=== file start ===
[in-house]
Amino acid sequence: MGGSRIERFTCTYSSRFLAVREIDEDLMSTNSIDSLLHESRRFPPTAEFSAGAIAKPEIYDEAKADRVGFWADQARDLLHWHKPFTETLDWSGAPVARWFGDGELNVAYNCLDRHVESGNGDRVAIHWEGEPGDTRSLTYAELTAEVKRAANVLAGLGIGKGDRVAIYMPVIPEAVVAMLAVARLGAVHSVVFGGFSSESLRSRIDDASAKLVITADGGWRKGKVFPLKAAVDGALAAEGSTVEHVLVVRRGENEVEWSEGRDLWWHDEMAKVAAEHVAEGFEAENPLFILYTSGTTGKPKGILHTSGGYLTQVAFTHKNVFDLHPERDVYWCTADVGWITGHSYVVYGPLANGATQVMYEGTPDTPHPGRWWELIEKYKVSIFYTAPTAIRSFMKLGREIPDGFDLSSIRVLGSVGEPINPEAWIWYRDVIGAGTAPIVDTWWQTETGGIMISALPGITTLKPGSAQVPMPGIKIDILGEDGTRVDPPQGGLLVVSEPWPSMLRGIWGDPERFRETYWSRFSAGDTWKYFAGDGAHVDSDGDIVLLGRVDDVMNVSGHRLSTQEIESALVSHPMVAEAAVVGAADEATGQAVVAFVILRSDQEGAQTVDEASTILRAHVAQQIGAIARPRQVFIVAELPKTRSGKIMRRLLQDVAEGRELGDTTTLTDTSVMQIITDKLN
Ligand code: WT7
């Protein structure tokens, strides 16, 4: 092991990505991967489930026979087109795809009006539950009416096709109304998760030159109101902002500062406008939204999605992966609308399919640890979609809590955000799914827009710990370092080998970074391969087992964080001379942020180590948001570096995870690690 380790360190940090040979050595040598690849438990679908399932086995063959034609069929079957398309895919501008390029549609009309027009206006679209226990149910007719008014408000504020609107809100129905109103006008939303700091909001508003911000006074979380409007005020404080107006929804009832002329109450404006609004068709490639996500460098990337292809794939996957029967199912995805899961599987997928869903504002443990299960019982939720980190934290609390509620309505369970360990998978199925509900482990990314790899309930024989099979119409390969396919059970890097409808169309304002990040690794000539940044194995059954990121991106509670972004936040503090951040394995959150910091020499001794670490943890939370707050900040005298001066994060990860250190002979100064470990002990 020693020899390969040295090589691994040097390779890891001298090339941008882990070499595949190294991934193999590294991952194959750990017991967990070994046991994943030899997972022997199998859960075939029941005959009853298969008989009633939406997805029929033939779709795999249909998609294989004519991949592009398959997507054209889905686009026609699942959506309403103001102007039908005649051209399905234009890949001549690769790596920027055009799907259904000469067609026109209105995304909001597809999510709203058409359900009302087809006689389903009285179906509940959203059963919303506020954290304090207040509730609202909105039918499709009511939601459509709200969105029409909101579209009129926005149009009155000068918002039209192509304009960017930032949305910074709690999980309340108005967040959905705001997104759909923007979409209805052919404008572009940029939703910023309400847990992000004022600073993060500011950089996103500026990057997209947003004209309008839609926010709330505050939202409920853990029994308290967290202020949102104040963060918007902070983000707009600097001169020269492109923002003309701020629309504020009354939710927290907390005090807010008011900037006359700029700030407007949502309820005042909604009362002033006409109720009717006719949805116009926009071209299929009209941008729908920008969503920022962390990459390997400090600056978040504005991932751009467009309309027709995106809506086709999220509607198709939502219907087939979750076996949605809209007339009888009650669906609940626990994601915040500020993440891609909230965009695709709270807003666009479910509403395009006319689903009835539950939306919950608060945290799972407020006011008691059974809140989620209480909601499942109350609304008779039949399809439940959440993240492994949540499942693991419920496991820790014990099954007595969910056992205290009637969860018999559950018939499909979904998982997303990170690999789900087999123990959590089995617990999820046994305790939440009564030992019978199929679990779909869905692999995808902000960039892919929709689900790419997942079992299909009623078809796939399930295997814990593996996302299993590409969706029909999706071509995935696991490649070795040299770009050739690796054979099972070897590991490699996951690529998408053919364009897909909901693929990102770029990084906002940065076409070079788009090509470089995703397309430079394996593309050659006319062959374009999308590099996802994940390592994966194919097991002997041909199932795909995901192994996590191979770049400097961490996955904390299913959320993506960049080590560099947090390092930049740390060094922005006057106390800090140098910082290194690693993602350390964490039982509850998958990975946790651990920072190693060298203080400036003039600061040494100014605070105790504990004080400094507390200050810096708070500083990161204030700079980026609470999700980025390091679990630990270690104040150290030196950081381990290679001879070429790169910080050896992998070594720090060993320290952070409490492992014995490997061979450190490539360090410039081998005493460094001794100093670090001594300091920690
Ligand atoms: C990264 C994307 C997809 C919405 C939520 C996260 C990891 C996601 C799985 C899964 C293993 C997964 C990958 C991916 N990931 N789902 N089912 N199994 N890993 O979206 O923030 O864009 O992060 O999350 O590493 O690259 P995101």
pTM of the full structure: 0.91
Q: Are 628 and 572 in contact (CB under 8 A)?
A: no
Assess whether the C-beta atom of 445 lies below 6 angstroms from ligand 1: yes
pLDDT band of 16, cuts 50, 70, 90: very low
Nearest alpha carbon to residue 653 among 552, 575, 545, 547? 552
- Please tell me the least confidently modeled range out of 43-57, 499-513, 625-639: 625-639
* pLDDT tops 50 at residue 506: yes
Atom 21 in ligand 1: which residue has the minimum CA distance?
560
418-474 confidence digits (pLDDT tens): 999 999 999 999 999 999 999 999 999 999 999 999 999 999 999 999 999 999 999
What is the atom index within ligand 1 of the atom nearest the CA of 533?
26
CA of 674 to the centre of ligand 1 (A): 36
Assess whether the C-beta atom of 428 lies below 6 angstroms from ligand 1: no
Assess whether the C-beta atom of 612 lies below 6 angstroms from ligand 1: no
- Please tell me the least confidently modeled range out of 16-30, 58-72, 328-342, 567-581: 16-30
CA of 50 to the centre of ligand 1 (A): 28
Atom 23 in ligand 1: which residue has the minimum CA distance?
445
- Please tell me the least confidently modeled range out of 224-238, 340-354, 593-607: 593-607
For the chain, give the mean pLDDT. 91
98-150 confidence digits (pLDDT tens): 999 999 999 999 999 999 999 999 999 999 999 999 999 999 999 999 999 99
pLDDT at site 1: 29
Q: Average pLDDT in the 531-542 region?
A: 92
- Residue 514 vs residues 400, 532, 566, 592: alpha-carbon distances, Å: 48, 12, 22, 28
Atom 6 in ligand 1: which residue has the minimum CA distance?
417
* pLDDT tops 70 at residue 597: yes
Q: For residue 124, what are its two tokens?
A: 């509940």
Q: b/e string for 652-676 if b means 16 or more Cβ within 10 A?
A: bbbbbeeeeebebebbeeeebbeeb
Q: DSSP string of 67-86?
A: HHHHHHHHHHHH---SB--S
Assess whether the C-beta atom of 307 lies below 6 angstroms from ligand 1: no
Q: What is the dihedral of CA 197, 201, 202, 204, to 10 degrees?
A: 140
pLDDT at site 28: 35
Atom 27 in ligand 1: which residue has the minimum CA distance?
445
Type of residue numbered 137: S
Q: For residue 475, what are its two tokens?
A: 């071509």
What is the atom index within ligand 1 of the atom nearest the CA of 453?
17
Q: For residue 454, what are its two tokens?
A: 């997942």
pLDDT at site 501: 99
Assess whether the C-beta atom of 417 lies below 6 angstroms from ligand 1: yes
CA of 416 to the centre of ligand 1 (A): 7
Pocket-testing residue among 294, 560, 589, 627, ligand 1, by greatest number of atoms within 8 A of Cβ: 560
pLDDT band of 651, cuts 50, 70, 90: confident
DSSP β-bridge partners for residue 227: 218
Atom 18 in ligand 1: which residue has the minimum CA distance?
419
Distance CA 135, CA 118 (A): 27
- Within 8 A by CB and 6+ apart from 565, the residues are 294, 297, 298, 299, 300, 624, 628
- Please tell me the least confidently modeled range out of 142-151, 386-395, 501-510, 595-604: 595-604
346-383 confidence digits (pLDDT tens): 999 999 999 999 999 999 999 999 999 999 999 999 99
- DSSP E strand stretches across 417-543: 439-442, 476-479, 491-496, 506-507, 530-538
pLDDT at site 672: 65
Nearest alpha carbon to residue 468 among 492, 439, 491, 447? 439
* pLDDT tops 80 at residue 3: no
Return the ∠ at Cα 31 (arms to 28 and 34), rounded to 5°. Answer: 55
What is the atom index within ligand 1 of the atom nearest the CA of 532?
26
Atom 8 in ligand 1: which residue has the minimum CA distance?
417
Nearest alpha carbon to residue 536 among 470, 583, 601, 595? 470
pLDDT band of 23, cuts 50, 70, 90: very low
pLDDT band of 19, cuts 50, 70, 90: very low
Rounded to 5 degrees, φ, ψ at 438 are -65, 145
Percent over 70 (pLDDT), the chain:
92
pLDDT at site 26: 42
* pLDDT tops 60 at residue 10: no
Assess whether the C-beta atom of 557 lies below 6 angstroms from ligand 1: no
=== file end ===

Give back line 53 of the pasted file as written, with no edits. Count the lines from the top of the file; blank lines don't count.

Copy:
Q: For residue 454, what are its two tokens?